The hot temperatures this past weekend made us quickly aware that summer weather is here.
With the return of the late spring and summer sun, it is time to think about skin cancer.
Skin cancer is the most common form of cancer in the United States, with 3.5 million skin cancers in more than 2 million people diagnosed annually. Fortunately, skin cancer is also one of the most preventable forms of cancer.
About one in five Americans will develop skin cancer during his or her lifetime, according to the Skin Cancer Foundation. Each year there are more new cases of skin cancer than the combined incidence of cancers of the breast, prostate, lung and colon, the foundation reported.
The foundation notes that the incidence of many common cancers is falling. But the cases of melanoma continue to rise at an alarming rate, even with the warnings posted by the medical profession. In fact, the incidence of melanoma is increasing at a rate faster than that of any of the seven most common cancers, according to the foundation.
Melanoma accounts for about 3 percent of skin cancer cases, but it accounts for more than 75 percent of skin cancer deaths, the foundation reported.
Melanoma is the fifth most common cancer for males and sixth most common for females.
Women 39 and under have a higher probability of developing melanoma than any other cancer except breast cancer.
The survival rate for persons diagnosed early with melanoma is about 99 percent. But the survival rate falls to 15 percent for those with advanced stages of the disease.
Studies have shown that a person gets about 80 percent of lifetime sun exposure by age 18. Melanoma is the second most common form of cancer for young adults 15 to 29 years old. Reports indicate that one blistering sunburn during childhood can more than double a person's chances of developing melanoma later in their life.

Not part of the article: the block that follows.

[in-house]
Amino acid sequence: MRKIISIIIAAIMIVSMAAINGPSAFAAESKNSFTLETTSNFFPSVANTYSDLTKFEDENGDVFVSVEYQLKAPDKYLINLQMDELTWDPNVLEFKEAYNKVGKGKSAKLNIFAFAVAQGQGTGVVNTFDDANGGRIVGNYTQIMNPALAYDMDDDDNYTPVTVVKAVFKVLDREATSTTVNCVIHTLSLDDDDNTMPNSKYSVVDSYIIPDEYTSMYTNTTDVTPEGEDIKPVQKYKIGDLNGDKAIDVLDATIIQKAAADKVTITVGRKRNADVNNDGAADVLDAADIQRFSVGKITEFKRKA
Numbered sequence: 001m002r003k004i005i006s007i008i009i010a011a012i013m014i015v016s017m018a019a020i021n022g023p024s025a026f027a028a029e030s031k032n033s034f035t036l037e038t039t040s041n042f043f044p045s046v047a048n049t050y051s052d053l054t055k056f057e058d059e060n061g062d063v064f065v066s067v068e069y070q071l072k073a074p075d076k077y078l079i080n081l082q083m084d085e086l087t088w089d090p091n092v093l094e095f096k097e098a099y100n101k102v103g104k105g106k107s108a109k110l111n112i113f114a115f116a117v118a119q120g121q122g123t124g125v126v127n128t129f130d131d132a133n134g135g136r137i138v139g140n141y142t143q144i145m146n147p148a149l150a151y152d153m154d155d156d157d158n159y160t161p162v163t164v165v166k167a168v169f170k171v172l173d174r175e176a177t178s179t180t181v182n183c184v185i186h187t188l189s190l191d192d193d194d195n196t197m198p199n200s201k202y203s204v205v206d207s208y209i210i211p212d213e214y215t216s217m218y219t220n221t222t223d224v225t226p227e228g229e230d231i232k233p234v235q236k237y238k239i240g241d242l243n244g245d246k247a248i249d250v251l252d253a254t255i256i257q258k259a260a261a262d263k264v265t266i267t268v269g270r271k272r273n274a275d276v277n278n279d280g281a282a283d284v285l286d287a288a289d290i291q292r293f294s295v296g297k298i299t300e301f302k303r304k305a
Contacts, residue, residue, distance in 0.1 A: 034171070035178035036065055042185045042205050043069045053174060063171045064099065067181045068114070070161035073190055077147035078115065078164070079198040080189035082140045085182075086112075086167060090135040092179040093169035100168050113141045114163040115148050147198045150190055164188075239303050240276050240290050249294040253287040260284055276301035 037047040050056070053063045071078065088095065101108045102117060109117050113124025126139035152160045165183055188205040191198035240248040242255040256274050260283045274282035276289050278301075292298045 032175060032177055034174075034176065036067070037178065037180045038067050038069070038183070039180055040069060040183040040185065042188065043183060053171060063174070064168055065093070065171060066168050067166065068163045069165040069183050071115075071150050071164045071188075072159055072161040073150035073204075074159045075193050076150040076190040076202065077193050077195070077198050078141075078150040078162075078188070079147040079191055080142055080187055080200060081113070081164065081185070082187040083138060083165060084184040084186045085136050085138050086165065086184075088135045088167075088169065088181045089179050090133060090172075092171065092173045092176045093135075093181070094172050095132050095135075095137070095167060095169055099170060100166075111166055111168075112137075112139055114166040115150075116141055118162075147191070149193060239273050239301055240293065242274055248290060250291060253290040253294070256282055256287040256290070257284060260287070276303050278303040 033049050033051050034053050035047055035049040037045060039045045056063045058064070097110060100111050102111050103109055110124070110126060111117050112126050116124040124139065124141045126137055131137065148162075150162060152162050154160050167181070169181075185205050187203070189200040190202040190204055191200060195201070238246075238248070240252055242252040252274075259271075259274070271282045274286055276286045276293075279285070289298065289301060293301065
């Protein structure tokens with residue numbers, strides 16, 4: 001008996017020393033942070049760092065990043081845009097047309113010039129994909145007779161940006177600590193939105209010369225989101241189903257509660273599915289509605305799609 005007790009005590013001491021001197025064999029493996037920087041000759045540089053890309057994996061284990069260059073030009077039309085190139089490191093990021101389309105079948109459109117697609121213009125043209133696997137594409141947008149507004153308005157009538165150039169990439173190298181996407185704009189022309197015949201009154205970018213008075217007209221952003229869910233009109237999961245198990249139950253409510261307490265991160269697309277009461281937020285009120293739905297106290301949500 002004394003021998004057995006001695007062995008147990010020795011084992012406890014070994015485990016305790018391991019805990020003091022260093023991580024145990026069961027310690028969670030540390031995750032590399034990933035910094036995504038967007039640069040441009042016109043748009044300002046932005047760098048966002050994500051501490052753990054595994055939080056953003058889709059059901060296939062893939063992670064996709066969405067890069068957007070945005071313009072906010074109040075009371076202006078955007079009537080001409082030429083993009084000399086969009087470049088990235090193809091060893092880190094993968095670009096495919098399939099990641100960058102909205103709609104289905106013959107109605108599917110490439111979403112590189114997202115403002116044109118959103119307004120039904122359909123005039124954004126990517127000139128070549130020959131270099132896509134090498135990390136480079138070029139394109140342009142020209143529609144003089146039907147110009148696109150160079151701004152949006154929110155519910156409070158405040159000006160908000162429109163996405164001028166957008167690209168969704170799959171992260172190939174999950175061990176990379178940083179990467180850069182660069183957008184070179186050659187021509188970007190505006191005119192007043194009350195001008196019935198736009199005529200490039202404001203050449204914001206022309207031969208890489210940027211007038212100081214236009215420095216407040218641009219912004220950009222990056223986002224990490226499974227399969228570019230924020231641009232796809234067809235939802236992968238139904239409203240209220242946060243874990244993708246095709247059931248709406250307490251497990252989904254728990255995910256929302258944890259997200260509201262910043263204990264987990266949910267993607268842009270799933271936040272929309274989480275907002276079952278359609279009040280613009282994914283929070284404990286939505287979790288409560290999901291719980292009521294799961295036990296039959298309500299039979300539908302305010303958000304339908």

It is important to remember some safety tips to avoid sunburn and limiting exposure to the harmful affects of the sun's ultraviolet radiation.
Since most of a lifetime exposure to the sun comes early in life, it is important to protect infants and children and teenagers from blistering sunburns.
The most obvious way to protect yourself from harmful UV radiation is to stay out of the sun. Stay indoors or find shade in the middle of the day when UV radiation is strongest, usually between 10 a.m. and 4 p.m. Plan outdoor activities for the early morning or late afternoon, when UV radiation is typically one-third of what it is at midday.
If you have to be outside in the sun, remember to cover the skin with long-sleeved shirts, long pants, wide-brimmed hats and wear sunglasses.
Another protection if you are out in the sun is to apply a broad-spectrum sunscreen with a sun protection factor of at least 15 on all exposed skin. Apply the sunscreen at least 15 minutes, preferably 30 minutes, before heading out in the sun.
Also, the American Academy of Dermatology recommends to check your birthday suit on your birthday. Seek a dermatologist's help if you notice any changes in your skin.
Skin cancer is very treatable when caught early.